Tech Against Terrorism held its next workshop in Dublin on Thursday 7 September 2017. The workshop was hosted at Dublin City University in partnership with VOX-Pol. Attendees included representatives of Stripe, Tech Innovate, Flashpoint-Intel, VOX-Pol, I-Trust-Ethics, University College Dublin, and Dublin City University

On 7 September 2017, Tech Against Terrorism held a workshop in partnership with VOX-Pol, namely VOX-Pol Network of Excellence – an EU-funded academic network focused on researching violent online political extremism. The workshop attendees reflected this convergence of industry and academia, with representatives from leading academic research centres based in Dublin and members of the growing tech hub in the Irish capital. This mix of attendees led to interesting debates on how research on terrorism and violent extremism could drive solutions that help minimize the terrorist exploitation of technology.

The main takeaway that attendees agreed upon from the section on Terms of Service (ToS) was that companies should prioritise including ‘illegal activity’ within their regulations as it “encompasses everything”, followed by ‘violent content’, as it is important to reflect the need to remove violent extremist and terrorist content online. It was also agreed that vague terminology used in ToS is often problematic, especially when the language used is “too grey” or lacks specific detail. Of those discussed, the ToS of YouTube were highlighted as the most promising both for including the greatest amount of detail, and for actually referencing ‘terrorism’: “the key to a good Terms of Service is the language: how do you define it?”. As there is no globally recognised definition of ‘terrorism’ or ‘violent extremism’, it was agreed that companies should be encouraged to include their own definitions of such key terms in their ToS.

The content takedown session focussed on three main areas. Discussed first were human rights concerns attributed to content takedown, including interference with free speech and expression, online surveillance, and the problems that the lack of definitions of terminology create. The discussion then turned to reviewing the difficulties facing companies and the ‘grey areas’ of content takedown. It emerged that companies can sometimes be bound by their own ToS – that content can in some instances remain on platforms if enough context is given even if it is endorsing harmful content. Finally, the ‘best content takedown practises’ of our four main partners were discussed, highlighting the different approaches that these companies take. Attendees emphasised the ethical issues that can arise from these practises, voicing concerns about the ‘unknown consequences’ that the removal of content can produce. Evidence was also cited that content takedown procedures can sometimes strengthen the voices and messages of organisations that these practises seek to weaken. However, while it is true that content removal could potentially empower the narratives of certain groups, it was concluded that we have now reached a point where the benefits of content takedown vastly outweigh the potential negative effects.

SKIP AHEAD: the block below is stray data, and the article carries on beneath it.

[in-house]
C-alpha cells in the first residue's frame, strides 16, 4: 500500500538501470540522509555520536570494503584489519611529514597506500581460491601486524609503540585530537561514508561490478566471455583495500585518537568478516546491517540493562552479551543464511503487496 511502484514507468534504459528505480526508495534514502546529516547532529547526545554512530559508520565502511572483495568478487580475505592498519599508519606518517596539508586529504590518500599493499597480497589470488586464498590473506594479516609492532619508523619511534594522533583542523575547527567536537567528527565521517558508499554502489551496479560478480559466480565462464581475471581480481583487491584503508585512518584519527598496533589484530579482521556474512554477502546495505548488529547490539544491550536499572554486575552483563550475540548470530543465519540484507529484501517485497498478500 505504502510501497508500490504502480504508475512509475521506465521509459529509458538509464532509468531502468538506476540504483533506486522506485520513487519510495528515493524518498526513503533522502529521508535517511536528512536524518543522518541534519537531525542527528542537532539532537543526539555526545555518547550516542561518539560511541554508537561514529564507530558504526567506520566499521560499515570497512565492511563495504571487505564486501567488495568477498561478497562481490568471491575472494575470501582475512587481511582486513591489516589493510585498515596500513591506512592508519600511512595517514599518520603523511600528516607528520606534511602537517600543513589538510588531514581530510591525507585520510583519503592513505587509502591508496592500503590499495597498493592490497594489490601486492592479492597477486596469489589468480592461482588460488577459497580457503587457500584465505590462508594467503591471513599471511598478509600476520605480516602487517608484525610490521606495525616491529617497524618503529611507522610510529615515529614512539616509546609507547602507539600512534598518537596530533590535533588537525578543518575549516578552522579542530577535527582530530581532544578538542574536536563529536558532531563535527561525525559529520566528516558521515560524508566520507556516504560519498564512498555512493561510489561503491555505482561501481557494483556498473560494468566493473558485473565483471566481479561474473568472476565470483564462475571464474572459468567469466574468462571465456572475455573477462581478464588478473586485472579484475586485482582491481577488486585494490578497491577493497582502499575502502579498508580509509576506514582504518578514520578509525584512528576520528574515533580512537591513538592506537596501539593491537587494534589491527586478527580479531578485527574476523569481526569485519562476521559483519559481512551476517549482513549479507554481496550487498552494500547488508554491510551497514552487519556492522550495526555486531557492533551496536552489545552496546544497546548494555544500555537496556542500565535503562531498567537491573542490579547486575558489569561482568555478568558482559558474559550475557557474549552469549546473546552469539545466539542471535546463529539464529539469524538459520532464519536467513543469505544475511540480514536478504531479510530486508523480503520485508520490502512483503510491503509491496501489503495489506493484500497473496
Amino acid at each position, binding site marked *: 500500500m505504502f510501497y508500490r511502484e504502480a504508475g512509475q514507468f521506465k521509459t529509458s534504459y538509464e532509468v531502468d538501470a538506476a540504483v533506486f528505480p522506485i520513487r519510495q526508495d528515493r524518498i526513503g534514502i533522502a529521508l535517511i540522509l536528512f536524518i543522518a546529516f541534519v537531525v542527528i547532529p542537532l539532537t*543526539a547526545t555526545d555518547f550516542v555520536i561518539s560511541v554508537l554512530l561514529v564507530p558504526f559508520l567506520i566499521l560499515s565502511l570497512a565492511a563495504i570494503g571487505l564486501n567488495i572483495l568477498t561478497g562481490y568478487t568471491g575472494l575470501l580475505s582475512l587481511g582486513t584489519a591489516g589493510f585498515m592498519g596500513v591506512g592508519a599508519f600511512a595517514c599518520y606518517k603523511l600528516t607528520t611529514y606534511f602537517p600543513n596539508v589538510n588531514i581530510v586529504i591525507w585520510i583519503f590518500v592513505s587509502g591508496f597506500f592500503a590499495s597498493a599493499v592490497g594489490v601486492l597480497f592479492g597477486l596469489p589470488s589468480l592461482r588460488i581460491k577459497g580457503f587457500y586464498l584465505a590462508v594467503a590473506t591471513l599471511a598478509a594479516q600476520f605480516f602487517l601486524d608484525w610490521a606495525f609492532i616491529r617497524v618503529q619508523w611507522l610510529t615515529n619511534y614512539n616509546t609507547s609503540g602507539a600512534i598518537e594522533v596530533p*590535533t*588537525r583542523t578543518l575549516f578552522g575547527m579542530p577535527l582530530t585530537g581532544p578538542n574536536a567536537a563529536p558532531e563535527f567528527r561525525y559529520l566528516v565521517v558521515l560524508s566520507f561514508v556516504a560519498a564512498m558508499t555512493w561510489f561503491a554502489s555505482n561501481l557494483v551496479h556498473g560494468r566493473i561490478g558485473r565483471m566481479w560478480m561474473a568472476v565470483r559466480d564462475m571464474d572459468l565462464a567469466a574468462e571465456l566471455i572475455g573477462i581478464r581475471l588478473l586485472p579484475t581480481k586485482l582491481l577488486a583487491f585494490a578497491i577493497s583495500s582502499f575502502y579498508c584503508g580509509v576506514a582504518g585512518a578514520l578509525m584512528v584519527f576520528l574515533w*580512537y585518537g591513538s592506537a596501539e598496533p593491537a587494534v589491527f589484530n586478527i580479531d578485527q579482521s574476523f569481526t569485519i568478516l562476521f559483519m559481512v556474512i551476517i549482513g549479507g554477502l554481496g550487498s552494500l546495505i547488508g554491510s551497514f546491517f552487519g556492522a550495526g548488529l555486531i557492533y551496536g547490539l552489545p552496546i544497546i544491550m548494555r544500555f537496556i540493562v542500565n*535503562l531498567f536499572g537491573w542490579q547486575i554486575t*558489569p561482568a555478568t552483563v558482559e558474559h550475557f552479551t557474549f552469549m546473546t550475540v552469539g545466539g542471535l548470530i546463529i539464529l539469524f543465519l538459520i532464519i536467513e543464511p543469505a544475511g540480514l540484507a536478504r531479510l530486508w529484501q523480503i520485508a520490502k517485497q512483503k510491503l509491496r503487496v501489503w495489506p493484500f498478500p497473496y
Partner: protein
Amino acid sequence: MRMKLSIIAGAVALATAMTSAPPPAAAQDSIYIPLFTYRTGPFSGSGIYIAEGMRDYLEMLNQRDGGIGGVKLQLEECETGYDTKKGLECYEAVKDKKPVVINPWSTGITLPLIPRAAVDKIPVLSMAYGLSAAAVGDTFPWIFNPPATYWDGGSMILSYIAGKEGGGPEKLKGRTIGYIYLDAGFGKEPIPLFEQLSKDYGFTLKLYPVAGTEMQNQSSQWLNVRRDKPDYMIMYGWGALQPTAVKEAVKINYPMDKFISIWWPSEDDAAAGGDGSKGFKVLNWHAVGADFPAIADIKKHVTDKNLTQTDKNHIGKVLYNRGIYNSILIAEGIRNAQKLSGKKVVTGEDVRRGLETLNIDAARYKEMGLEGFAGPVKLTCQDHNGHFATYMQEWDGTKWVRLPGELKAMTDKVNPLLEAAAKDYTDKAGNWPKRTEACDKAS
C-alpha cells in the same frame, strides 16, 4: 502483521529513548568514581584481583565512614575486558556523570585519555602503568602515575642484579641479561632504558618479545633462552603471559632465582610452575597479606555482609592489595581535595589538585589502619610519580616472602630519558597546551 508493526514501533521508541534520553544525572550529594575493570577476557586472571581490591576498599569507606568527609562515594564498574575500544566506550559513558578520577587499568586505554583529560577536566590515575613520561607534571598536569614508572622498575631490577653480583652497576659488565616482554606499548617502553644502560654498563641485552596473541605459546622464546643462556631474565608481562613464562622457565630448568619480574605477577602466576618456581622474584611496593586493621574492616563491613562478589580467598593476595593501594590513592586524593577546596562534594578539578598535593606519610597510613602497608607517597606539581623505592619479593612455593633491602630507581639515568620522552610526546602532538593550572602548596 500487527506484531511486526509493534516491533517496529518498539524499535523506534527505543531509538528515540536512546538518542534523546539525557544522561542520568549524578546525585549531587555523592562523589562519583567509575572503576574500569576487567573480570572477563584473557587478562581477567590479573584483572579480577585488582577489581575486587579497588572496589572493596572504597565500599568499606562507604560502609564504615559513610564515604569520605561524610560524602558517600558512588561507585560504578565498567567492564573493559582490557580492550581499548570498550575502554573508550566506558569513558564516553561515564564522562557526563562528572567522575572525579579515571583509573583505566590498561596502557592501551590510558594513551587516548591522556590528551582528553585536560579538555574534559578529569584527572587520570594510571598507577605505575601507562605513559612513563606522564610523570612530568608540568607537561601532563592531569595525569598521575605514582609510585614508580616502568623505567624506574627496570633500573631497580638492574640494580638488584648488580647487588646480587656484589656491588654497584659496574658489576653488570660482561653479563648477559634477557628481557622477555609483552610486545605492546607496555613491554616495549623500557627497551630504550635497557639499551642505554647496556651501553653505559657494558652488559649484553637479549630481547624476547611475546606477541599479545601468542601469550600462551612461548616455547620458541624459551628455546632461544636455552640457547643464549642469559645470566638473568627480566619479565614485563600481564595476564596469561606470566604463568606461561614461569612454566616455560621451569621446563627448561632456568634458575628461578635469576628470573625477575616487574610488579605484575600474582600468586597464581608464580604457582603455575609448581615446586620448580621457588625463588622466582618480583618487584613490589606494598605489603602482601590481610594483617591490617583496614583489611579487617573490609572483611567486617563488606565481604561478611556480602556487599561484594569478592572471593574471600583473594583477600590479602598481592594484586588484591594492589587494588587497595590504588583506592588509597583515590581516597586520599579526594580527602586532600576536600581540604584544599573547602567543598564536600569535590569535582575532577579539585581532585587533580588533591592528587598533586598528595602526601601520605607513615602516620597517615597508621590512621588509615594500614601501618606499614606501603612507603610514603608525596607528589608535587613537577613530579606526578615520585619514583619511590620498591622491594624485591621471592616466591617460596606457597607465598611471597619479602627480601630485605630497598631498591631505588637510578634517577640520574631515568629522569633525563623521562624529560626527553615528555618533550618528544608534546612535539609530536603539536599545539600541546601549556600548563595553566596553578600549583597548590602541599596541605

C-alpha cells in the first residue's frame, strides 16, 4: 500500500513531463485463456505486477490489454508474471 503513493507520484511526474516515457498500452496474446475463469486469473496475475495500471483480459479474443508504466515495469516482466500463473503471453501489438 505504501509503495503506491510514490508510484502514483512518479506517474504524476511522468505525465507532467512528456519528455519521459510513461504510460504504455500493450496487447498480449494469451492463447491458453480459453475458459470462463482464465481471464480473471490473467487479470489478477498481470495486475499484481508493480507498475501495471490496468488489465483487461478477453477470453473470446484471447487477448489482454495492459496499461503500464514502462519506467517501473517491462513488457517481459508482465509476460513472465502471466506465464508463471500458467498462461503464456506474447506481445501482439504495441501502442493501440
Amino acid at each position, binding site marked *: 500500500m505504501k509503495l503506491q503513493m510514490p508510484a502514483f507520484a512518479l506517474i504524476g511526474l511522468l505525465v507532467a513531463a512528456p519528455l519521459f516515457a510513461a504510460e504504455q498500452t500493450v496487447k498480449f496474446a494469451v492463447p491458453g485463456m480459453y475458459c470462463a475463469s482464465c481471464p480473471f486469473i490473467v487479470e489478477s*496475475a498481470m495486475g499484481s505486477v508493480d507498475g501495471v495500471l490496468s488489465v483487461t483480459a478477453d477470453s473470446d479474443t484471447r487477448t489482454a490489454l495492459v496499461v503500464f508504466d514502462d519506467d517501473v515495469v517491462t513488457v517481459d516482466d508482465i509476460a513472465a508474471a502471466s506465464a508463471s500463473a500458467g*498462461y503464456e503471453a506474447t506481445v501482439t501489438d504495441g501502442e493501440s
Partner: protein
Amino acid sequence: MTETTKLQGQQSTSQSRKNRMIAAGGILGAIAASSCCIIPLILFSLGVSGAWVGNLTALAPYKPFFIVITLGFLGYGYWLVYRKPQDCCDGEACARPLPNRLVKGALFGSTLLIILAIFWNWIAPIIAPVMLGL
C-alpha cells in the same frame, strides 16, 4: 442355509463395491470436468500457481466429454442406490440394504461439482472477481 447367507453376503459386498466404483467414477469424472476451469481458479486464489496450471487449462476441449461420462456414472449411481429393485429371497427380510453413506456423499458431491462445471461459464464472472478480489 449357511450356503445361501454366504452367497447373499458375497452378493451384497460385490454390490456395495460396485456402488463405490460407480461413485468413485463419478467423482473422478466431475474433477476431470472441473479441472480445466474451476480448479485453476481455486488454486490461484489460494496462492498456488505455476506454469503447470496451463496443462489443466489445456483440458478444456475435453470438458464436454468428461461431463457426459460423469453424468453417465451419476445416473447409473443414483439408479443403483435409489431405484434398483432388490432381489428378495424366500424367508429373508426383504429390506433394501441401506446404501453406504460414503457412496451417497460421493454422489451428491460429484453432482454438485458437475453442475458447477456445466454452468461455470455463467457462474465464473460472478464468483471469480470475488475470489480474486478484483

In the final transparency section, the debate focussed on how to increase transparency on understanding which country-specific legislation a company is basing its ToS, and how this then decides the extent to which companies then choose to pass on information to law enforcement.

Attendees also discussed how the contract signed between user and company was superseded by any state legislation, and how this may affect a company’s ability to protect their users’ privacy. When shown examples of transparency reports from big tech companies, there was general consensus that the data presented was insufficient to really understand the fuller picture. Attendees agreed that there should be more information on which agency per country was approaching the companies for information and in the case of the US when there a six-month ban on reporting data requests, this should be reflected in their transparency reports.

We thank VOX-Pol for partnering with us on this event, and all participants for their involvement in the excellent debates and insights at Dublin. For information on future events, please sign up to our newsletter or consult our website!